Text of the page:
April 10: Lines; watch parties; Vegas' style; countering Karlsson and a deep offense - LA Kings Insider

Good afternoon from the Las Vegas Strip, Insiders. Earlier today, the Kings practiced at Toyota Sports Center and aligned thusly:

Gray: Iafallo-Kopitar-Brown
Blue: Rieder-Carter-Toffoli
Yellow: Pearson-Kempe-Lewis
Purple: Clifford-Thompson-Mitchell
Green: Andreff-Amadio-Brodzinski

Notes!

-Defensive pairings were the same: Fantenberg-Doughty, Martinez-Folin, Phaneuf-LaDue and the Brickley-Gravel-Muzzin hydra. Muzzin wore a red no-contact jersey for the second straight day; we won’t get a better sense on his Game 1 availability until Wednesday’s morning skate at T-Mobile Arena. (Click here to hear what John Stevens said about injuries earlier today.) With regards to Muzzin, it does not help that the Kings start on Wednesday, as opposed to Thursday. Other series beginning tomorrow: Philly-Pittsburgh and Minnesota-Winnipeg. It is a glorious time of the year, Insiders.

-In the least important bit of news uncovered today, the Kings didn’t have one player named as one of the NHL’s weekly or monthly three stars. Weird, right? Players from 28 different teams were named as one of the three stars of the week or the month, but before you start sharpening your pitchforks and preparing your vocal cords for an assault on the embedded east coast bias, the other teams whose players were never named to weekly or monthly awards were the New York Rangers and Detroit Red Wings. Original six teams, at that. Not even the four-goal Anze Kopitar or Dustin Brown performances earned them third star recognition. ¯\_(ツ)_/¯

-Meanwhile, in Edmonton:

-Several notes to pass along: Nick Nickson and Daryl Evans will host a 30-minute post-game Kings Talk on KABC 790 following Game 1 at T-Mobile Arena. Daryl and I will also host video previews on game days after the morning skate, so be sure to keep tabs on LAKings.com/video. (I’ll post them here, as well.) There are watch parties throughout Southern California at Dave and Buster’s. Game 1, Wednesday night, will be at the Hollywood and Highland location: 6801 Hollywood Blvd, Los Angeles, California, 90028. Game 2 is at the Westchester Dave and Buster’s, located at 6081 Center Dr, Los Angeles, California, 90045.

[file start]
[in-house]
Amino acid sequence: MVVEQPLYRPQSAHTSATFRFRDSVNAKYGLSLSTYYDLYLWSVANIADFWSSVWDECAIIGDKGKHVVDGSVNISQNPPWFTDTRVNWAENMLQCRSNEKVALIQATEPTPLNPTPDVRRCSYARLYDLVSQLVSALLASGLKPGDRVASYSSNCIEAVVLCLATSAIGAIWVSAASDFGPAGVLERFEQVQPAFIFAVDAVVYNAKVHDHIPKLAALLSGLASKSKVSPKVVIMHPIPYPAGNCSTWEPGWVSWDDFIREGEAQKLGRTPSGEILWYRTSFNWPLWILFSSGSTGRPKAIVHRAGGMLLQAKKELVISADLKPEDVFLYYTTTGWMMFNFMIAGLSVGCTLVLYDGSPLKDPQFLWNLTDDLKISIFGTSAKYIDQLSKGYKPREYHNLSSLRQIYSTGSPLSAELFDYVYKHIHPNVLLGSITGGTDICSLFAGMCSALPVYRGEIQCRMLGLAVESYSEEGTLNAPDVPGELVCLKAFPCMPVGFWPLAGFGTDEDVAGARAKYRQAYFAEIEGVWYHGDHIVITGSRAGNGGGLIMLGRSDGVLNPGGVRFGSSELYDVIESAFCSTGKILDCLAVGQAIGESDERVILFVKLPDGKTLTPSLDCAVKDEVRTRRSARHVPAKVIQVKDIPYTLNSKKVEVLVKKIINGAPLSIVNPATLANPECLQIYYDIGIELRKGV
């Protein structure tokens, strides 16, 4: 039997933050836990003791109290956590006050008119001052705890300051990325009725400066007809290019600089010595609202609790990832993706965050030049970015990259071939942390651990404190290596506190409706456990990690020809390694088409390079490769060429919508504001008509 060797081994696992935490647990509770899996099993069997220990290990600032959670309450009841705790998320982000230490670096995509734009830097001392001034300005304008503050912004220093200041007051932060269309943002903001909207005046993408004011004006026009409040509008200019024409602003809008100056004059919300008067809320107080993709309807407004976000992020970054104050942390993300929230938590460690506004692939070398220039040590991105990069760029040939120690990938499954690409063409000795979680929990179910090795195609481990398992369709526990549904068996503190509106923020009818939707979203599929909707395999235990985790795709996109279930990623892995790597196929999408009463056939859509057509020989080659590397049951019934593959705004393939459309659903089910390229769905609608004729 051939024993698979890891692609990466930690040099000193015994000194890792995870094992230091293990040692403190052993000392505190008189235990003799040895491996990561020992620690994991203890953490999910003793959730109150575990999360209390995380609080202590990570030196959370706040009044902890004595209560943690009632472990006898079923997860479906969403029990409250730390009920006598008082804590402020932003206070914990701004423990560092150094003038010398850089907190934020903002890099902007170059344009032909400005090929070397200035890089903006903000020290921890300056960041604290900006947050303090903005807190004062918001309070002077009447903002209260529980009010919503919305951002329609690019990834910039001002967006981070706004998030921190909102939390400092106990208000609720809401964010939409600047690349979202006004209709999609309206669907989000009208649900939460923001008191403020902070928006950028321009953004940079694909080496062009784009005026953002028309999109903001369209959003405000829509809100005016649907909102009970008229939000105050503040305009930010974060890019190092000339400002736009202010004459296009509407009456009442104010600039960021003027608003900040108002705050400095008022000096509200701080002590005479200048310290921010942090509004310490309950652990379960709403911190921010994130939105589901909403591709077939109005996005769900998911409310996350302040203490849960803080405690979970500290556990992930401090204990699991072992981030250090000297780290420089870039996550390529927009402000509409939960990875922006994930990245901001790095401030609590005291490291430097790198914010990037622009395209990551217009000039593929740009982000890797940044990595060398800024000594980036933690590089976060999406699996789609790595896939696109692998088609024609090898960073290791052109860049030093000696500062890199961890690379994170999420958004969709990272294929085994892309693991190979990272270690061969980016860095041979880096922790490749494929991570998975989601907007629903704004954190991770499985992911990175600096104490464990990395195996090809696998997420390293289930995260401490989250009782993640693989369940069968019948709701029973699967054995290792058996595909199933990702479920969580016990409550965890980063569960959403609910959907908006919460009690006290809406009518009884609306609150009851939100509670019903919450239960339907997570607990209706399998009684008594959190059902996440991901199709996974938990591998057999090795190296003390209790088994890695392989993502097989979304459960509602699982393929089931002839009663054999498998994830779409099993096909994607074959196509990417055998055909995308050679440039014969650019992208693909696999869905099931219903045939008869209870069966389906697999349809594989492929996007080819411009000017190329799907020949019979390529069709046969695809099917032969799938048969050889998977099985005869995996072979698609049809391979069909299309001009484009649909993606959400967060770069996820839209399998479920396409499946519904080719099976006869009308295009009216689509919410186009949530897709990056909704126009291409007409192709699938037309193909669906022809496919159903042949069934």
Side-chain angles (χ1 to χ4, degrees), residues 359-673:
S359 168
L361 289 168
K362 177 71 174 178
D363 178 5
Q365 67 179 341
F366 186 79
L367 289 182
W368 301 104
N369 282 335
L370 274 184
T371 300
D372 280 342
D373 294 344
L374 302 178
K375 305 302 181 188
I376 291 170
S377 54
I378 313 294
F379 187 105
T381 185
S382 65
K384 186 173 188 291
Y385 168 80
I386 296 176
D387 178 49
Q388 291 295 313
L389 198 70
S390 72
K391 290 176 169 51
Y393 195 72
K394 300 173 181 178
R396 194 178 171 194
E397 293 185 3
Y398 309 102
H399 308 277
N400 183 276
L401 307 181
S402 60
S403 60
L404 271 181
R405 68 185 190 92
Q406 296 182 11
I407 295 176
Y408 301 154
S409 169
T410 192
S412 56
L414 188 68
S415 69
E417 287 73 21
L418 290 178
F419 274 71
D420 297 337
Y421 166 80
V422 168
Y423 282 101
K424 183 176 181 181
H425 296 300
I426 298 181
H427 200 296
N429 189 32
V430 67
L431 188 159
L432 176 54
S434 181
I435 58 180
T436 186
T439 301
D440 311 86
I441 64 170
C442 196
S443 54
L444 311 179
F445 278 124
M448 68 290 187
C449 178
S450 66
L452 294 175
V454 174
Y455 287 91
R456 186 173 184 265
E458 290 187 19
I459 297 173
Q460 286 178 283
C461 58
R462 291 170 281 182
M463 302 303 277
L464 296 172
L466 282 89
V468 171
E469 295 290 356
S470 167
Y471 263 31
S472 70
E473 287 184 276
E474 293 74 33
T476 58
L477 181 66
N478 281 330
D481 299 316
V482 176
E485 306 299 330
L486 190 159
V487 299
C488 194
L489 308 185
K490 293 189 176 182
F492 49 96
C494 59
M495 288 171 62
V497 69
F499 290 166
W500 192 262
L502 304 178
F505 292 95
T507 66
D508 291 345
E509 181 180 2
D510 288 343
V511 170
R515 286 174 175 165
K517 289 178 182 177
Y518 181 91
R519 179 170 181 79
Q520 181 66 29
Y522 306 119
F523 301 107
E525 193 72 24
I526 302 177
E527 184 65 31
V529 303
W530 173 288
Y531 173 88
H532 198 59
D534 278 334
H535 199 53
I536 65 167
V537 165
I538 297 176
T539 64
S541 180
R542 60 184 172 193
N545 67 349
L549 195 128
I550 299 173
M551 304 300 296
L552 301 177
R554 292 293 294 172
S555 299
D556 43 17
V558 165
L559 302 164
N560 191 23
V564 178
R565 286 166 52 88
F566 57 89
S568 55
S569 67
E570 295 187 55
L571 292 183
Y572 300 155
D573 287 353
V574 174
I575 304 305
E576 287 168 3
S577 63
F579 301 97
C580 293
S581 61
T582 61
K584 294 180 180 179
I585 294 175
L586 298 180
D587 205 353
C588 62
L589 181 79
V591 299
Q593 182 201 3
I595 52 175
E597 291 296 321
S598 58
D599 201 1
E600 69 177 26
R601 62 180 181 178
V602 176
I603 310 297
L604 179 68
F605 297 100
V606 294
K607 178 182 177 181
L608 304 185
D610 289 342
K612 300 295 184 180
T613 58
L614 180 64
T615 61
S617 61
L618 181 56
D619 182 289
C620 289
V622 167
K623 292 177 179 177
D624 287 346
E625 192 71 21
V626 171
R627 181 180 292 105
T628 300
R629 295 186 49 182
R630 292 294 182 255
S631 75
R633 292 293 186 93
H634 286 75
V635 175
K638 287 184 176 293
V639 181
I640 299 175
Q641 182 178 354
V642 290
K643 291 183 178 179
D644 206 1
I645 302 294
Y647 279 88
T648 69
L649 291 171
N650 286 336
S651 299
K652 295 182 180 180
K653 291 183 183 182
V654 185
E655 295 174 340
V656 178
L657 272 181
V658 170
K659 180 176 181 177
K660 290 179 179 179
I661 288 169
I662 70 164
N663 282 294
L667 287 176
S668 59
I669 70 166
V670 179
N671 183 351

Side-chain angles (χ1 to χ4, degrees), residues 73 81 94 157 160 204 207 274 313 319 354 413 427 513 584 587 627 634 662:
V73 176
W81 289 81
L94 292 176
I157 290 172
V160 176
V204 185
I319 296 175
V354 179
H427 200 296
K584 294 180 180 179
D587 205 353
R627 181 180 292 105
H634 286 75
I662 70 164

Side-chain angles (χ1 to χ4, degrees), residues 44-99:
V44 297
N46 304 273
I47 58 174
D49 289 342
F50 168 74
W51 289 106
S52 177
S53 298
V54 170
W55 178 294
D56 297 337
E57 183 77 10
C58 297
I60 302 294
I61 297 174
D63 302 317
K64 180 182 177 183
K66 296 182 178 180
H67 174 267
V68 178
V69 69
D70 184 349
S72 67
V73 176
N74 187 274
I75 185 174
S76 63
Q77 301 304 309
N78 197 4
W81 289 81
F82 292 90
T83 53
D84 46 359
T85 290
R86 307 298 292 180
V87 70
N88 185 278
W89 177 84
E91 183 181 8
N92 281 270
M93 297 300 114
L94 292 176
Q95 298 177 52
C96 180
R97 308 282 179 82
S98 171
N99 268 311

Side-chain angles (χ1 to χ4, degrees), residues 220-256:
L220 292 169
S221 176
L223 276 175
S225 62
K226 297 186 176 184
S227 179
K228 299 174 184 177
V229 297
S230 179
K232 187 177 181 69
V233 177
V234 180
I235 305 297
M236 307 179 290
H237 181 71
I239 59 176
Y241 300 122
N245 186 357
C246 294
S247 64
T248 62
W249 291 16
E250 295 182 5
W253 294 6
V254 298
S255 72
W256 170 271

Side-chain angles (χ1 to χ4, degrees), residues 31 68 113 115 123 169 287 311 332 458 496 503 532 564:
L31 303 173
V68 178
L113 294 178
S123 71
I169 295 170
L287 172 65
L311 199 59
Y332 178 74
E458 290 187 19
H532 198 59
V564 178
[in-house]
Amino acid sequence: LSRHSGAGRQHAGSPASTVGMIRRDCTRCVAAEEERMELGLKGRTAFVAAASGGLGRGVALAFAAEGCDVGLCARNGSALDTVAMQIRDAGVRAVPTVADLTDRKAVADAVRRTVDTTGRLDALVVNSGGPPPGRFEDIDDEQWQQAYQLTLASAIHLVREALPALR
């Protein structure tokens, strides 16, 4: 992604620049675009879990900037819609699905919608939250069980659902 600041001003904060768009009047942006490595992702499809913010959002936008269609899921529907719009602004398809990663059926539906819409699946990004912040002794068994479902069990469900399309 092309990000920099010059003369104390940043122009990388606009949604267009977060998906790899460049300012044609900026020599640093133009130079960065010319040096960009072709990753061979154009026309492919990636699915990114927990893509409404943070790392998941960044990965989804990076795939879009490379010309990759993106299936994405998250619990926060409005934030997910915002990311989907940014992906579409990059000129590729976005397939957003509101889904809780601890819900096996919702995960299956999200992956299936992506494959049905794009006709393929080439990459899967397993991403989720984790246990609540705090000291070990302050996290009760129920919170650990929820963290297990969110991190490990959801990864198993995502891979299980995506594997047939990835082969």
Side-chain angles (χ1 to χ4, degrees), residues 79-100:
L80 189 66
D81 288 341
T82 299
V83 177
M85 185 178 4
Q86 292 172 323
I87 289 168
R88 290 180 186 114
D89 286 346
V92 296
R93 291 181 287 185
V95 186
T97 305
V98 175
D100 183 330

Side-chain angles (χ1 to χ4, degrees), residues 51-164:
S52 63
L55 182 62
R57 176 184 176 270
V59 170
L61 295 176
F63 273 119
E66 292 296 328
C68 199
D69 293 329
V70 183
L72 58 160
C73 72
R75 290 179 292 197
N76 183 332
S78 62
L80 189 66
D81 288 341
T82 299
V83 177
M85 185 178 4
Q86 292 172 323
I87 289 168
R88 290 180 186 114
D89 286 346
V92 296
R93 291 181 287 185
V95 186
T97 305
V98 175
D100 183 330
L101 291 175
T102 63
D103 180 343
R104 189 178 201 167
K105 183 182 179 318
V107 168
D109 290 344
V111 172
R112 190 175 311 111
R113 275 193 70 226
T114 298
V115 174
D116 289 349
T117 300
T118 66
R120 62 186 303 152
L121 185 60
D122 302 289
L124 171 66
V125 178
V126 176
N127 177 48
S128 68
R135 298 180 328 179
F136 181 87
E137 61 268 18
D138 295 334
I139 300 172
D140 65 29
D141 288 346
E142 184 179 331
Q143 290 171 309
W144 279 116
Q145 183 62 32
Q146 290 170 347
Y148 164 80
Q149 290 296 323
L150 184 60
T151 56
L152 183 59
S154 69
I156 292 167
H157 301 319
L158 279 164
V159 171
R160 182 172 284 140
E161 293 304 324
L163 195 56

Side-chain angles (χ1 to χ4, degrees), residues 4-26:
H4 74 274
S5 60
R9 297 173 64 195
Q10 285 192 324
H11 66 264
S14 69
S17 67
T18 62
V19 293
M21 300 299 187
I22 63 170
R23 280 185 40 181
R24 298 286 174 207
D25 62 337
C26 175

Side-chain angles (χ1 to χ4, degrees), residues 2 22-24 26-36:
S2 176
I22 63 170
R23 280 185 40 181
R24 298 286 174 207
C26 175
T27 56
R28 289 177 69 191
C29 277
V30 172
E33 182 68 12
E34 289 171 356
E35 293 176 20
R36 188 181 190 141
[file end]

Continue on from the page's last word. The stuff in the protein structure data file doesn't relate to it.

-Gary Bettman, on off-ice official Gary Evans, who worked his final game on Saturday against Dallas: “Gary Evans has represented the National Hockey League and the game of hockey with class, integrity and dignity. On behalf of the NHL we congratulate Gary on his 34 years of work as an off-ice official in Los Angeles and wish him the best in his future endeavors.”

-Anze Kopitar, on the teams in the Pacific Division, similar to Vegas, that may also thrive on a puck-hounding game that results in speed, transition, and often a disproportionate number of rush chances: “I think Calgary and Edmonton are somewhat similar. I wouldn’t throw the Sharks or the Ducks in that mix – they’re more like us with a little bit more control and not trying to transition real quick. I mean, maybe Edmonton and Calgary come to my mind.”

-ACTUAL REPORTING-LIKE SUBSTANCE. So, you may have noticed that William “Wild Bill” Karlsson, who had scored three, nine and six goals in his previous three NHL seasons with Anaheim and Columbus, exploded onto the scene and cracked 40 this year for the Golden Knights.

“Scoring 43 goals is certainly alarming,” Anze Kopitar said. “I think he obviously had a really good season, and so did the rest of the team, too, so I don’t know if you can single him out, but at the same time you definitely have to pay attention when he’s on the ice. He plays in pretty much all the situations for them, and we’re going to have to make sure that we make it hard on him, because he plays a lot of minutes, and we want to make sure those are hard minutes.”

While Vegas’ strengths lie in scoring depth and their ability to roll productive, bought-in lines with good speed and the ability to turn plays around quickly, the Golden Knights do have a standout top line, as well. Karlsson, Jonathan Marchessault (27 goals) and Reilly Smith (22 goals in 67 games) flank Karlsson as part of one of the most equipped lines in the league to cash in on rush opportunities.

In other words, the Kings can’t get beat by some of the puck management issues that plague virtually all teams but certainly crept into Los Angeles’ play at times this season.

“We’ve been talking about this all along,” Kopitar said. “They’re a very speedy team, and they transition the puck really well. We’re going to have to make sure that we have numbers coming back, first and foremost, and not doing anything where they get chances off our mistakes. Listen, they’re going to make plays because that what good teams do, and they’re a good team, so there will be that odd-man rush against us. But we just have to limit that.”

Because of their scoring depth, the Golden Knights may not necessarily be overly reliant on match-ups while they have the last change. In any case, the Kings, whose one-two punch of Anze Kopitar and Jeff Carter at center is among one of the team’s core strengths, have a pair of dynamic and responsible two-way centers who should be able to give players like Karlsson, as well as 29-goal man Erik Haula, a harder time than most center consortiums across the league.

And when the match-ups do come into play, there’s also Adrian Kempe, who has been praised this season for how he matched up against elite Pacific Division centers – hello, Connor McDavid, hello, Sean Monahan, hello, Ryan Getzlaf – in Carter’s absence.